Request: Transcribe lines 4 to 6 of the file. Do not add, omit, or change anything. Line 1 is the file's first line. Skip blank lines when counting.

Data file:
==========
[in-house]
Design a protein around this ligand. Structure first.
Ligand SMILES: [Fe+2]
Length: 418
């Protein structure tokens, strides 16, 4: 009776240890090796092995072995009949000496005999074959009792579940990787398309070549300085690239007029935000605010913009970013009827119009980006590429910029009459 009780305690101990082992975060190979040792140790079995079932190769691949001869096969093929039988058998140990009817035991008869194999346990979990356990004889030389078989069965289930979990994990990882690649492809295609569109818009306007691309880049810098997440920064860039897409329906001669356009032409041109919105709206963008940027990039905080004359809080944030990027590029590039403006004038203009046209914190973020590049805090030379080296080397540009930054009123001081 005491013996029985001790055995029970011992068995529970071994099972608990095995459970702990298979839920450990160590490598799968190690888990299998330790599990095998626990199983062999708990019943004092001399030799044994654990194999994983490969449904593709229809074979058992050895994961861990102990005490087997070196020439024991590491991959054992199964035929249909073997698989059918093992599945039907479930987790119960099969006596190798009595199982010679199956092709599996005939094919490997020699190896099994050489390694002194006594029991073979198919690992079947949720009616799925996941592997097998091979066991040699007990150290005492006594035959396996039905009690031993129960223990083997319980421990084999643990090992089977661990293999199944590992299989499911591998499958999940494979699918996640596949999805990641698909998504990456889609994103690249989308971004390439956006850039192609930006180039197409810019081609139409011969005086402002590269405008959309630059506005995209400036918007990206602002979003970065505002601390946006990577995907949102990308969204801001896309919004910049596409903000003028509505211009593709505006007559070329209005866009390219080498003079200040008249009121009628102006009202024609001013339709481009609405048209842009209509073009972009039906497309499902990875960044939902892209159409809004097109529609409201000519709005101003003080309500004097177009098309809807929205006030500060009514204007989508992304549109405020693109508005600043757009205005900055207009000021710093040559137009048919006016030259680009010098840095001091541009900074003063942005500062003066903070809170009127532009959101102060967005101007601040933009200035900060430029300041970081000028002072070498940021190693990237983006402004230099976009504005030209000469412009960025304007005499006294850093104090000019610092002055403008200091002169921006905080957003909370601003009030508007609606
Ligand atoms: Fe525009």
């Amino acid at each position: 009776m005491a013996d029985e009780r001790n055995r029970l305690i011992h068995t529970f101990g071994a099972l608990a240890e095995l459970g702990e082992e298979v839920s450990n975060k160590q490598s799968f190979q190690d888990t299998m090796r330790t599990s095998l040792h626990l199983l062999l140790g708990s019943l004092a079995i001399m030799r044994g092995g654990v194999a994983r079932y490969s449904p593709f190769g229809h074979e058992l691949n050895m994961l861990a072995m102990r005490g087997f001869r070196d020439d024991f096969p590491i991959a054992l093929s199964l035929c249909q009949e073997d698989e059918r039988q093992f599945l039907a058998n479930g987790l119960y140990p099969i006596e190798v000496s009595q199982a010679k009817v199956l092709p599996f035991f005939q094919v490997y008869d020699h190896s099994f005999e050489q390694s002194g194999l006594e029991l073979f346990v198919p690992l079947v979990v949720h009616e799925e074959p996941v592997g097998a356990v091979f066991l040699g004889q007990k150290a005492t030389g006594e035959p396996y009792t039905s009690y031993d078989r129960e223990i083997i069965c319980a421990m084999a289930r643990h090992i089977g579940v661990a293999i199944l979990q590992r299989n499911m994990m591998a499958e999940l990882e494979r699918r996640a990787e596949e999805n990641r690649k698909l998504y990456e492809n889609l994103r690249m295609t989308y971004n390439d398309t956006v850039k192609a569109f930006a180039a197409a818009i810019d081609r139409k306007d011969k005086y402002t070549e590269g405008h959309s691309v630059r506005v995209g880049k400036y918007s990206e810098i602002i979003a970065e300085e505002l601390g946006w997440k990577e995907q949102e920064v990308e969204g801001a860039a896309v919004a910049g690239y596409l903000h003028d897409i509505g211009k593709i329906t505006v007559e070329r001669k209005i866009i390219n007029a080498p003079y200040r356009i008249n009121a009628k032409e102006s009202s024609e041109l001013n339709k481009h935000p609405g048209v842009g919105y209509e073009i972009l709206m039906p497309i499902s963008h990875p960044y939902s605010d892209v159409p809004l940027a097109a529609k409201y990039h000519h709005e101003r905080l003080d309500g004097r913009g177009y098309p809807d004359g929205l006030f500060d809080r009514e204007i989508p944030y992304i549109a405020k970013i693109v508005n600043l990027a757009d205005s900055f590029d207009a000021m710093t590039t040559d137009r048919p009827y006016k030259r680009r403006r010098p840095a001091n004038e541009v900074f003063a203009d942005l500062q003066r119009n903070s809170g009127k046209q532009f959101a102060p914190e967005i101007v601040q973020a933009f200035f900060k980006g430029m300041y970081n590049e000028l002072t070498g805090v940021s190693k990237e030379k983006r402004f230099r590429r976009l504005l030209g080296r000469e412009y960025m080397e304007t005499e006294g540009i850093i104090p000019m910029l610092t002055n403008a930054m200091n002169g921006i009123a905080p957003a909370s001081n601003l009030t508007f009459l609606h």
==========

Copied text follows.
Length: 418
């Protein structure tokens, strides 16, 4: 009776240890090796092995072995009949000496005999074959009792579940990787398309070549300085690239007029935000605010913009970013009827119009980006590429910029009459 009780305690101990082992975060190979040792140790079995079932190769691949001869096969093929039988058998140990009817035991008869194999346990979990356990004889030389078989069965289930979990994990990882690649492809295609569109818009306007691309880049810098997440920064860039897409329906001669356009032409041109919105709206963008940027990039905080004359809080944030990027590029590039403006004038203009046209914190973020590049805090030379080296080397540009930054009123001081 005491013996029985001790055995029970011992068995529970071994099972608990095995459970702990298979839920450990160590490598799968190690888990299998330790599990095998626990199983062999708990019943004092001399030799044994654990194999994983490969449904593709229809074979058992050895994961861990102990005490087997070196020439024991590491991959054992199964035929249909073997698989059918093992599945039907479930987790119960099969006596190798009595199982010679199956092709599996005939094919490997020699190896099994050489390694002194006594029991073979198919690992079947949720009616799925996941592997097998091979066991040699007990150290005492006594035959396996039905009690031993129960223990083997319980421990084999643990090992089977661990293999199944590992299989499911591998499958999940494979699918996640596949999805990641698909998504990456889609994103690249989308971004390439956006850039192609930006180039197409810019081609139409011969005086402002590269405008959309630059506005995209400036918007990206602002979003970065505002601390946006990577995907949102990308969204801001896309919004910049596409903000003028509505211009593709505006007559070329209005866009390219080498003079200040008249009121009628102006009202024609001013339709481009609405048209842009209509073009972009039906497309499902990875960044939902892209159409809004097109529609409201000519709005101003003080309500004097177009098309809807929205006030500060009514204007989508992304549109405020693109508005600043757009205005900055207009000021710093040559137009048919006016030259680009010098840095001091541009900074003063942005500062003066903070809170009127532009959101102060967005101007601040933009200035900060430029300041970081000028002072070498940021190693990237983006402004230099976009504005030209000469412009960025304007005499006294850093104090000019610092002055403008200091002169921006905080957003909370601003009030508007609606
Ligand atoms: Fe525009």